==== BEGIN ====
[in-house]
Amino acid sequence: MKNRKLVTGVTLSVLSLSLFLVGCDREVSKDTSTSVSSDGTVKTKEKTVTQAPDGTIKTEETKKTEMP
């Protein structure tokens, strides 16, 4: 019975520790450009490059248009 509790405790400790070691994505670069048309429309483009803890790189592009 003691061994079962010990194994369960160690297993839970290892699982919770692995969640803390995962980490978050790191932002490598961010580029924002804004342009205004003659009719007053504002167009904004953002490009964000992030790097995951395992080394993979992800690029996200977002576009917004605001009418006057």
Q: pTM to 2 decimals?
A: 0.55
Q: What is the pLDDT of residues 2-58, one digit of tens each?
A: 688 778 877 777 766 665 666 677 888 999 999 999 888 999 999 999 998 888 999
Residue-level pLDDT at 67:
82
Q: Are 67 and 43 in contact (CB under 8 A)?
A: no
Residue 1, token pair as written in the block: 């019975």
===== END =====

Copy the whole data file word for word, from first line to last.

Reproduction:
[in-house]
Amino acid sequence: MKNRKLVTGVTLSVLSLSLFLVGCDREVSKDTSTSVSSDGTVKTKEKTVTQAPDGTIKTEETKKTEMP
């Protein structure tokens, strides 16, 4: 019975520790450009490059248009 509790405790400790070691994505670069048309429309483009803890790189592009 003691061994079962010990194994369960160690297993839970290892699982919770692995969640803390995962980490978050790191932002490598961010580029924002804004342009205004003659009719007053504002167009904004953002490009964000992030790097995951395992080394993979992800690029996200977002576009917004605001009418006057």
Q: pTM to 2 decimals?
A: 0.55
Q: What is the pLDDT of residues 2-58, one digit of tens each?
A: 688 778 877 777 766 665 666 677 888 999 999 999 888 999 999 999 998 888 999
Residue-level pLDDT at 67:
82
Q: Are 67 and 43 in contact (CB under 8 A)?
A: no
Residue 1, token pair as written in the block: 């019975």